Addiction Treatment Providers Testify Before Congress
Tuesday morning six men whom all have ties to the addiction treatment industry sat before the House Energy and Commerce Subcommittee on Oversight and Investigations to discuss the progress and future of the Quality Assurance Initiative crafted by the National Association of Addiction Treatment Providers (NAATP). The take away from the two hours of testimony can be summarized in one statement uttered by the President of the Hazelden Betty Ford Foundation “the size of an advertising budget, web analytics, search engine optimization, and call center tactics should not determine the success of a program.”
Congresswoman Diana DeGette, a representative from Colorado began her opening statements educating the witnesses on the fact 61% of people searching for addiction treatment services do so online. The preferred way for those in need to find treatment would be to utilize trusted websites such as SAMSHA.gov or by contacting community services so potential patients can be fully informed and make unbiased decisions on the best treatment for their unique circumstance. Not enough awareness has been raised about addiction treatment facility quality standards. Outside of the addiction treatment industry, very few people know to look for the NAATP stamp of approval before considering treatment.
Martin Ventrell, Executive Director of the NAATP stated during his opening summary that his organization has been “horrified” by a select few bad actors posing as exceptional treatment facilities. Those seeking treatment are in a particularly vulnerable position. Desperate for help and often low on financial and assistant resources, ambiguous advertising is all it could take to pull someone with substance use disorder into a fraudulent treatment program.
Some of the tasteless marketing practices deceitful organizations are conducting include credential misrepresentation of staff, threatening dialogue, counterfeit billing and insurance claims, patient brokering, and predatory web practices. Additionally, companies such as TreatmentCalls.com, owned by Jason Brian who testified in front of the Oversight committee need stronger standards for partnerships. After Congressman Carter from Georgia dug deeper into TreatmentCall’s business practices, he found the only requirement for Mr. Brian to accept a business agreement with a company was to have a license. No consideration is given towards the quality of treatment, accreditation, and program specialties. Congressman Carter pressured the call center affiliate to begin analyzing a perspective partner’s outcomes before signing a deal. “We cannot prioritize financial gain over saving lives.”
In the beginning of the hearing, Congresswoman DeGette announced she was eager to hear the qualities the NAATP has deemed as red and green flags when researching a prospective treatment facility. Mr. Ventrell listed an extensive staff page, cell center representatives answering from the intended facility, a long and impressive track record of service, an available aftercare program, and numerous levels of care options are components of a reliable treatment facility. Warning signs of a faulty facility consist of a generic website and redirected calls. It is important to know who is answering the phone. Callers should not be misled or have to actively search the fine print to identify whom they are speaking with.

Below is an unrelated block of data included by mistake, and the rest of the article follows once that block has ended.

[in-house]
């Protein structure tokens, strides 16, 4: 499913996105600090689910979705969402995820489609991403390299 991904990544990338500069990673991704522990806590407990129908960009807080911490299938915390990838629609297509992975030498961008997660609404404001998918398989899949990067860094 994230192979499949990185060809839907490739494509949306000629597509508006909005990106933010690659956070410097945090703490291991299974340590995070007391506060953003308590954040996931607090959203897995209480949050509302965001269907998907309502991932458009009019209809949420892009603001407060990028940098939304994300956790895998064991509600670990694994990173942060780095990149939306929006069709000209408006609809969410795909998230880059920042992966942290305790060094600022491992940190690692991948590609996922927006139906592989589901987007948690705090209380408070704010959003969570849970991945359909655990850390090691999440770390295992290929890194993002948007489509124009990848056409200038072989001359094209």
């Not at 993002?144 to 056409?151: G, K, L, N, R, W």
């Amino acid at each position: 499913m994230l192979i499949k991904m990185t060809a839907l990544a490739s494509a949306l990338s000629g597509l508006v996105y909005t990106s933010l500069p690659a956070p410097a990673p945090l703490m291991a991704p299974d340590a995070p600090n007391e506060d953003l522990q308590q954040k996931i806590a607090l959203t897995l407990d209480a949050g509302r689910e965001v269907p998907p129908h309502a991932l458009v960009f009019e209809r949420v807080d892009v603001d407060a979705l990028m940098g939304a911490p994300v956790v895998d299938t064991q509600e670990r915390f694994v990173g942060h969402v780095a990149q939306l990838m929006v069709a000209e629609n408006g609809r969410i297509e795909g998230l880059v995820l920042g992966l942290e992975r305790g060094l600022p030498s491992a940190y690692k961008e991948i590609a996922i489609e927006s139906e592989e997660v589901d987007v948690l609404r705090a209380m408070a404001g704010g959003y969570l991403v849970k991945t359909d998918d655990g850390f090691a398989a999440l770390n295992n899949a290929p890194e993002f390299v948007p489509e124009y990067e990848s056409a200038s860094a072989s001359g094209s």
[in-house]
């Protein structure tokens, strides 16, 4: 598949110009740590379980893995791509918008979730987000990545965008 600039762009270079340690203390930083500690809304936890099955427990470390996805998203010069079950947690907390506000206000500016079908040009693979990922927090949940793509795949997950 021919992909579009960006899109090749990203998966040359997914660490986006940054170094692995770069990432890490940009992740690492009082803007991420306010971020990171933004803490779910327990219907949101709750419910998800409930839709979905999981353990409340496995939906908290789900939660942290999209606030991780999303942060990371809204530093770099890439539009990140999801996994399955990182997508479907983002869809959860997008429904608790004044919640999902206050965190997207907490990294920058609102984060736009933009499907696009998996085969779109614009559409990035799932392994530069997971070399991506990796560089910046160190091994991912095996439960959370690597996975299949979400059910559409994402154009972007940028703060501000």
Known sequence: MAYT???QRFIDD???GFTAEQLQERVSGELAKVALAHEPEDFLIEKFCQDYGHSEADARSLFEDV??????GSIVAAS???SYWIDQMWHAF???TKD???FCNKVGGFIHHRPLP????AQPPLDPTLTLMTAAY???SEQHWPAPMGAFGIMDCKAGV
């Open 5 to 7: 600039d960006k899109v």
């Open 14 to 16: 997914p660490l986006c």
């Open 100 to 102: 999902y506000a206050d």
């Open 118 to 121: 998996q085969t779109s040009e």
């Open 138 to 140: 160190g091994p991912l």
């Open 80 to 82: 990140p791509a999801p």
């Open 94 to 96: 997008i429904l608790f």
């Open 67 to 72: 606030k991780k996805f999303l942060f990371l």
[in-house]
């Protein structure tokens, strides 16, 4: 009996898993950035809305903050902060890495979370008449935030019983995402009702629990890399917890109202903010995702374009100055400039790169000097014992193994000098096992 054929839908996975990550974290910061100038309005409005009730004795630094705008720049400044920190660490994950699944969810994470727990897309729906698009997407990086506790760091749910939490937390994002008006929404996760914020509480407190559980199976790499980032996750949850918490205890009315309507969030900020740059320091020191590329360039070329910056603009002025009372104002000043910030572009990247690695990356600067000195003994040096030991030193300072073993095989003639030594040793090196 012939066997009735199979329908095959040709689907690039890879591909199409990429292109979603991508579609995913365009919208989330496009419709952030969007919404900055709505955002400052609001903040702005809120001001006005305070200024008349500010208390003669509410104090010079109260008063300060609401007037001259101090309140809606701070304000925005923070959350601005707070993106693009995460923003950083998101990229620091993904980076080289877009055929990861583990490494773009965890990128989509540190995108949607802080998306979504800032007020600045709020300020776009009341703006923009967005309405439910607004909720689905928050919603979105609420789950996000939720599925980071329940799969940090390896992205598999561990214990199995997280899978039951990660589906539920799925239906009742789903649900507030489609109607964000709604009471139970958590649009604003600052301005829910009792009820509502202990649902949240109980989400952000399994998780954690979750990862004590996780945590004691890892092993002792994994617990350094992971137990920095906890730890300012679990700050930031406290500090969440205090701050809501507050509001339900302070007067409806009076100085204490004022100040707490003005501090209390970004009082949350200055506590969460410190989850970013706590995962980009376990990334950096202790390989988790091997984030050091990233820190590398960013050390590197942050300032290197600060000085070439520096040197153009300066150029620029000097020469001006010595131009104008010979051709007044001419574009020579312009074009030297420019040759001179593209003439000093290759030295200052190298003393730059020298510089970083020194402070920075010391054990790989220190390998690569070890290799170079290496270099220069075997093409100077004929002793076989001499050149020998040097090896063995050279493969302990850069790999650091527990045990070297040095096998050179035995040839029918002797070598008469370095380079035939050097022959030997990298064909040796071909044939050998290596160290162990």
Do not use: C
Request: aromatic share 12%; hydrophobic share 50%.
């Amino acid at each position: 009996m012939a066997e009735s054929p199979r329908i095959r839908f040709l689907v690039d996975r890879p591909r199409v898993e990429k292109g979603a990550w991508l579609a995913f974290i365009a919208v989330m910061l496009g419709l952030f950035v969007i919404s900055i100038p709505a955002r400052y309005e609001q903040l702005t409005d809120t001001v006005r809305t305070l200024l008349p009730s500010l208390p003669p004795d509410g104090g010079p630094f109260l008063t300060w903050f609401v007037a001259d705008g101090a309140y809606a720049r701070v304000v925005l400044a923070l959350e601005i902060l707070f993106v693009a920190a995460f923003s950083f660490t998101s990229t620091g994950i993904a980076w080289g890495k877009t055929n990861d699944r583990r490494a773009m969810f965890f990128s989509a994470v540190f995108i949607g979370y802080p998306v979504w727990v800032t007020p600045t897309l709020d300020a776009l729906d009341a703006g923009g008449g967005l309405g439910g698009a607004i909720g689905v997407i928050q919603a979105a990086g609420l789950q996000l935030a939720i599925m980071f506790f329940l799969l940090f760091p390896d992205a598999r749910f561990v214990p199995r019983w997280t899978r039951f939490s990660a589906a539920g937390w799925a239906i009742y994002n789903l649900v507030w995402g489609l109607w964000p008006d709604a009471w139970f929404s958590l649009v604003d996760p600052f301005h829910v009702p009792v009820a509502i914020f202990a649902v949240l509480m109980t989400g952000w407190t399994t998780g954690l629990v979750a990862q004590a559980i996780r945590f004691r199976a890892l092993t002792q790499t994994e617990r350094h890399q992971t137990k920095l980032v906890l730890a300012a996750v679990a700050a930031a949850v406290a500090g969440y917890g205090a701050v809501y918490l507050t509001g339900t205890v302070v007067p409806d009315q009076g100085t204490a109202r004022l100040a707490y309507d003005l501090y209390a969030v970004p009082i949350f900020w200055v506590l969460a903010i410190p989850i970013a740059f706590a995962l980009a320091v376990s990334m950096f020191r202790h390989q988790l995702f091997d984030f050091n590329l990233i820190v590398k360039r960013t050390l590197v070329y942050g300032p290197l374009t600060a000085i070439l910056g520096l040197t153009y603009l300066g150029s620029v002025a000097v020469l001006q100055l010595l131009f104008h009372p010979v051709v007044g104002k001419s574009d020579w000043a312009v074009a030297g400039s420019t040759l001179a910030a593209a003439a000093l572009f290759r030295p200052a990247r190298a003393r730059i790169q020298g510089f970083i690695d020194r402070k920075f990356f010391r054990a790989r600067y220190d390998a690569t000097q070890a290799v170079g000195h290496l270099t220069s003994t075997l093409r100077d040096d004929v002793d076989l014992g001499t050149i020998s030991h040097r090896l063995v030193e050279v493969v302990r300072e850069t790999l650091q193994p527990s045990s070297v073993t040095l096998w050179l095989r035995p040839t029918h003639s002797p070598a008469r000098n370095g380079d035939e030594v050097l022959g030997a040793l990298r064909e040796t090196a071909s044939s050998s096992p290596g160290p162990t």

It is important to note that referrals are not inherently an erroneous act. Referrals are largely placed by trusted healthcare or addiction specialists with only the patient’s best interest in mind. When referrals are conducted in an unethical manner motivated by kickbacks is when they are misused. Dr. Kenneth Stoller, Director at John Hopkins Hospital Broadway Center for Addiction proudly only accepts referrals from organizations with previous exposure and knowledge of potential clients such as personal care physicians.
In conclusion, “we cannot lose sight of the good work being done” one man testified. Congressman Brooks from Indiana suggested increasing the number of students graduating from med school with concentrations in addiction studies, or degrees in psychology would have a beneficial impact on the issue of the opioid crisis. Finally, many who testified pleaded for universal regulations. So many legal requirements vary from state to state offering no consistency in quality of care or responsibility. Recognized addiction treatment facilities do not have to fight dirty for healthy census reports. If a business operates efficiently and ethically, people will naturally apply. The opioid epidemic is raging throughout the United States, there is no shortage of prospective patients, but an enormous lacking of quality treatment facilities to treat them.
Seabrook is a nonprofit, internationally recognized, private CARF-accredited behavioral healthcare organization. Seabrook has proudly been serving those with substance abuse, co-occurring disorders, and their families for over 44 years. Seabrook is a proud member of the National Association of Addiction Treatment Providers (NAATP) and has supported its efforts to increase the ethical and quality practices performed in addiction treatment facilities across the nation. Seabrook was recently approved as one of the first addiction treatment facilities to be approved by LegitScript to reinstate advertising on Google after the industry freeze. For more information on the new guidelines and procedures for addiction treatment providers regarding online advertising please visit, www.NAATP.org.